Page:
Many of the freedoms therefore which we desire as riders are subject to the processes of work we labour under. We’re not a company that desires the freedom to operate without impediment, or to cut fees and change conditions at will. Yet if we’re to have our voices heard we need one of the most foundational freedoms for all people, the right to freely associate.

Deliveroo riders at a protest hold up placards. One driver speaks into a megaphone.

Deliveroo riders protesting the company with their union, the IWGB, in May 2023

The battle with Deliveroo

The union I’ve been a member of since 2019, the IWGB, has been trying to secure this right for gig riders for years. And Deliveroo, the defendant in this instance, has fought it aggressively at every turn. This is at odds with their changing public tone towards workers after coming under considerable criticism. But while Deliveroo continues to fight our right to freely associate under article 11 of the European Convention on Human Rights, we have now been granted a final appeal to the Supreme Court. 

It was during Covid that I first really understood the need to unionise. While I was already a paid up member, I’d also spent a lot of time figuring out how best to work the apps, mapping out the city and working persistently. This meant my earnings were rising, and I naively thought there was an unspoken agreement and respect for us that substituted somewhat for genuine protections.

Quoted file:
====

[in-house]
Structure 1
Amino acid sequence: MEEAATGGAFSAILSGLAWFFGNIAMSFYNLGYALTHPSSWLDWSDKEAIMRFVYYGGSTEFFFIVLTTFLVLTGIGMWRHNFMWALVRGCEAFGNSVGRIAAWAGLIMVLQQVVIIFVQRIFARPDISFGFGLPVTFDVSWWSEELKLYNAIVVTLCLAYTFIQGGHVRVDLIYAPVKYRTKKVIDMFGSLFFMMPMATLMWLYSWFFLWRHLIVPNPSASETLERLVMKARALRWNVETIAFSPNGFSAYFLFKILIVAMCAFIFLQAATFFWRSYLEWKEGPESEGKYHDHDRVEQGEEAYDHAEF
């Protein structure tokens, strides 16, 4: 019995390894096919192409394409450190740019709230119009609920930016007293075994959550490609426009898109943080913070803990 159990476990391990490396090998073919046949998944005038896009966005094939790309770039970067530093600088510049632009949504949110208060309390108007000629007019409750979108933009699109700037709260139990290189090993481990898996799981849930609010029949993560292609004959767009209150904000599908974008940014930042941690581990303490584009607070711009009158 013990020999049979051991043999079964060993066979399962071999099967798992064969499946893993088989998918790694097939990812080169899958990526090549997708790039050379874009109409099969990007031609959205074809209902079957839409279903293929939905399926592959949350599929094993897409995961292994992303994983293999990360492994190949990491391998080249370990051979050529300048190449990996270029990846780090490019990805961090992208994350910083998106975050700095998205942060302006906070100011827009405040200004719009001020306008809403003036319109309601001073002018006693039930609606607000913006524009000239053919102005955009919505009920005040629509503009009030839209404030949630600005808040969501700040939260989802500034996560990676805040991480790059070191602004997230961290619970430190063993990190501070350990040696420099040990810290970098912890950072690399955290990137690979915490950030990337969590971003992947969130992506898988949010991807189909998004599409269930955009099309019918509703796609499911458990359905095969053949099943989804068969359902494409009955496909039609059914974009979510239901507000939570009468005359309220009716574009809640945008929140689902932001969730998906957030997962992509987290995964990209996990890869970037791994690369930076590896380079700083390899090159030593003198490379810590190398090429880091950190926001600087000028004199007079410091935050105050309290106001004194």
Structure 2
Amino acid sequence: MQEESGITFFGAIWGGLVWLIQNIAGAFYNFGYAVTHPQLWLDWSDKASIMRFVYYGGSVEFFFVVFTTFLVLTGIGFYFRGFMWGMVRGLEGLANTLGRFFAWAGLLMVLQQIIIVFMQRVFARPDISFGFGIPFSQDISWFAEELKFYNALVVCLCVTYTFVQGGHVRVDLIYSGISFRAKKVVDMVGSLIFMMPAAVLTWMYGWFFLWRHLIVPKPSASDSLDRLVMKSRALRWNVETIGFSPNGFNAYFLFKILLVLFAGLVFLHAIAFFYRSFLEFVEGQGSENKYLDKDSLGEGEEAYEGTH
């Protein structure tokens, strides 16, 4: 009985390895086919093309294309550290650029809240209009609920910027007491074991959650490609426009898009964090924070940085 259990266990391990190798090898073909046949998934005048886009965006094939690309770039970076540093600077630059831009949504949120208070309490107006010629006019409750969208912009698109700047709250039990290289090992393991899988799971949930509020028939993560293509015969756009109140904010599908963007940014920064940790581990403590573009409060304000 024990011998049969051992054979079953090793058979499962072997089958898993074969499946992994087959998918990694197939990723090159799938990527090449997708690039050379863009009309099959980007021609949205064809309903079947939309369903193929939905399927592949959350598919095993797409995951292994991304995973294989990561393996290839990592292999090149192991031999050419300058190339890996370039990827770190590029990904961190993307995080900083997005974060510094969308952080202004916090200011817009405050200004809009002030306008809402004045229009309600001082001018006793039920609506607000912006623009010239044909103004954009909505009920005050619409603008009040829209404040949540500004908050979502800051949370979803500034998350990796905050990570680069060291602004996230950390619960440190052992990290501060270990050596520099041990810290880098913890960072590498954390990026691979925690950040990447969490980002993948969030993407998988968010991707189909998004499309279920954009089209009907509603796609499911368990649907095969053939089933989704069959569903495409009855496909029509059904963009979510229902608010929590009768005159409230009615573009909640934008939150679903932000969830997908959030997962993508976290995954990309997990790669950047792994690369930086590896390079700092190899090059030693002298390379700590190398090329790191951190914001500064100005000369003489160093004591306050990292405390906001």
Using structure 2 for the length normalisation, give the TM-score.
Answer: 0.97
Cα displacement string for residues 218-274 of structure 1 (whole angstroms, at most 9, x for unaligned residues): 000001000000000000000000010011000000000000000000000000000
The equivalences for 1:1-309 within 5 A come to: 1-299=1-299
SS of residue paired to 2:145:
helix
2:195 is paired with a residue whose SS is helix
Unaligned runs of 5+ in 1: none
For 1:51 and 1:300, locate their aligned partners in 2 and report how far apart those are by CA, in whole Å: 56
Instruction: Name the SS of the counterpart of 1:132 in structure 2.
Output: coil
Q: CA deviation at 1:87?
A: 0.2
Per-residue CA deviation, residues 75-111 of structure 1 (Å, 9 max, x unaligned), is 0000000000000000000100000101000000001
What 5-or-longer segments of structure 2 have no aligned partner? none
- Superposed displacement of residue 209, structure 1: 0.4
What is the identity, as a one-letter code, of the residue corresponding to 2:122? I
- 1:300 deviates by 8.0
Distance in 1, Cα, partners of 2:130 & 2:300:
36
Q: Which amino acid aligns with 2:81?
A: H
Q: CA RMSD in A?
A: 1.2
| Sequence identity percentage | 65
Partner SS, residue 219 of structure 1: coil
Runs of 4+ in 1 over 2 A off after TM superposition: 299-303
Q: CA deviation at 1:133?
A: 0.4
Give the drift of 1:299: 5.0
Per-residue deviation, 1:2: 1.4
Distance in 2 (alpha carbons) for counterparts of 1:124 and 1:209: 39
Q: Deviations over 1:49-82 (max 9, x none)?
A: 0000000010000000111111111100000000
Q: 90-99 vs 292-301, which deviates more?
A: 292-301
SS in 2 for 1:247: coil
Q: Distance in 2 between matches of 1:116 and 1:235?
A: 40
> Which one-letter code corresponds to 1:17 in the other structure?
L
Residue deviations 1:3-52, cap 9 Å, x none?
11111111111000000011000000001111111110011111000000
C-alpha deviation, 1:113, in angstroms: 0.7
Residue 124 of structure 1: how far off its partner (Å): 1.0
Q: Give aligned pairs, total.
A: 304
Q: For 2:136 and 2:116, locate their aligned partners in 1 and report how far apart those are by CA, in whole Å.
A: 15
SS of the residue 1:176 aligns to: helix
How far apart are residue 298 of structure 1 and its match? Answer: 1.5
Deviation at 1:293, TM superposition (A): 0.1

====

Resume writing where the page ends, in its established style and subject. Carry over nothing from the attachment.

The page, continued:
However, during lockdown our earnings plummeted; at times I was earning less than £20 a day, and yet Deliveroo and others did nothing but insist on the same fictions as before. That most riders were casual, the implication being that we’re unreliant on the income. Or that rider satisfaction was overwhelmingly high, despite the obvious fact that many people aren’t going to respond negatively to an in-app survey when they have no job protections. 

Dismantling fictions

It should be clear to anyone that a service open almost 24/7 in London cannot be serviced by mostly casual riders. It’s deeply disrespectful to the minority of us that do the majority of work, most of whom are migrant workers, to persist with these shallow fictions, perpetuated opportunistically by companies that know their voice currently towers over ours.

Because there is no obligation to work for an account, you cannot create averages; there are wide disparities in the volume of work done. But the fact that we enjoy flexibility does not make us casual. In fact, flexibility is an essential component of how the system can be dynamic enough to service wildly fluctuating demand. It’s born out of the logic of profit, not from the wishes of riders. And for us it’s subject to a range of considerations and constraints.

If we’re to truly improve our working conditions, and to win the promise of freedom at work, we cannot concede highly generalisable terms such as flexibility or freedom to the shallow definitions of the marketplace. We must listen to our own voices and collectivise our fight, not labour in isolation. And the first step towards that is joining a union and organising together. 

Joe Durbidge is a courier and a research fellow at the IWGB